In a brief but important decision, the Ontario Court of Appeal recently set aside a successful summary judgment motion on the basis that the judge’s reasons did not explain why the motion was being granted.
In Gro-Bark (Ontario) Ltd. v. Eacom Timber Corporation, the parties were engaged in a dispute over the interpretation of a license agreement. The motion judge ruled in the defendant’s favour and granted summary judgment. In his reasons, he stated that:
“I adopt and rely upon the analysis and statements of law contained in paragraphs 24 to 36 inclusive of the defendant’s factum. These paragraphs, in my view, satisfactorily answer the arguments raised by the plaintiffs”.
The Court of Appeal set aside the decision on the basis that the motion judge did not engage in any meaningful analysis of the issues. The court noted that the case required the motion judge to employ principles of contractual interpretation and apply them to the facts. By simply “adopting” paragraphs in the defendant’s factum without explaining them, the judge failed to actually apply any interpretive principles to the circumstances of the case.
It was explained that, even if the judge intended to refer to findings of fact by adopting paragraphs in the factum, his reasons did not explain which evidence was being considered or how the evidence influenced his decision. “In short,” the court stated, “there is simply no explanation for why the motion judge arrived at the conclusion he did”.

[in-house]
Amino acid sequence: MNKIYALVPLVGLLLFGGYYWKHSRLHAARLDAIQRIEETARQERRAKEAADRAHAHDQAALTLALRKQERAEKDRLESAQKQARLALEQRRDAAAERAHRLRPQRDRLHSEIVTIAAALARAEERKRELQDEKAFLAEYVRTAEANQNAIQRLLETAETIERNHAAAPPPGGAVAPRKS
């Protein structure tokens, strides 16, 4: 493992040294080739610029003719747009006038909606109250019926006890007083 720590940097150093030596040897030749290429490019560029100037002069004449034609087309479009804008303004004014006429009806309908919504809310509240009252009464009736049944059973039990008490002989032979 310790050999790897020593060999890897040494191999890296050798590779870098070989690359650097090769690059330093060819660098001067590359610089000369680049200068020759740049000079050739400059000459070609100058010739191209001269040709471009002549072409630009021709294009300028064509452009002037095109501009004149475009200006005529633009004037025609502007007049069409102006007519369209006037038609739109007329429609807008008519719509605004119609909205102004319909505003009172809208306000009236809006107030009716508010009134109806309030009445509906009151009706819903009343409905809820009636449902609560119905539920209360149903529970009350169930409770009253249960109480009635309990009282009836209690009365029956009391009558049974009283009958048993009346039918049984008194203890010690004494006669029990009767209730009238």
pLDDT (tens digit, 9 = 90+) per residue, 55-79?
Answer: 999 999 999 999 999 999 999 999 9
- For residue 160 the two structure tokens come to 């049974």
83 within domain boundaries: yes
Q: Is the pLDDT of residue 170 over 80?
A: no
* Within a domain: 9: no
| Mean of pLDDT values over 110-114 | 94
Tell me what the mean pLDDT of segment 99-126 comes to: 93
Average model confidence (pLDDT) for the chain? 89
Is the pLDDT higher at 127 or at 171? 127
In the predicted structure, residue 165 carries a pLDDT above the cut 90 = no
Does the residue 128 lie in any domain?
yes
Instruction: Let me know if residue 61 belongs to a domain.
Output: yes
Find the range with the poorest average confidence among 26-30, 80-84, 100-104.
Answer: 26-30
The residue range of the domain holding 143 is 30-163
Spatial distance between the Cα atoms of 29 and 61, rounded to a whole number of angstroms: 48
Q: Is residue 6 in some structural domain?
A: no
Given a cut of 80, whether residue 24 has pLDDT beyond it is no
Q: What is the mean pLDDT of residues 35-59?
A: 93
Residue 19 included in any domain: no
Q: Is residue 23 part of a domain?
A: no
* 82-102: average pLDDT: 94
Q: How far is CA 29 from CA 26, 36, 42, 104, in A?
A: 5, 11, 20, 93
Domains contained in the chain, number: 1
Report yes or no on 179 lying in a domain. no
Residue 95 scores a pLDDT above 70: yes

The court hinted that the situation may have been different if the findings urged by the defendant (and adopted by the motion judge) were self-evident. However, the evidence presented at the motion was not clear or one-sided. As such, in order to make the necessary findings of fact to grant summary judgment, the evidence required careful examination and the judge was required to explain why he arrived at his conclusion. Since the judge failed to do either of those things, the appeal was allowed.
Interestingly, in granting the appeal, the court held that its decision was not intended to comment one way or another on a subsequent summary judgment motion. Accordingly, even though the summary judgment decision was set aside, it does not preclude the defendant from moving for summary judgment again and this decision would have no effect on the motion.
This decision sheds some meaningful light on a rare ground of appeal. Even if counsel makes a convincing case and succeeds, the decision may still be vulnerable to appeal if the judge fails to explain things adequately.
Author: Daniel Waldman, Lawyer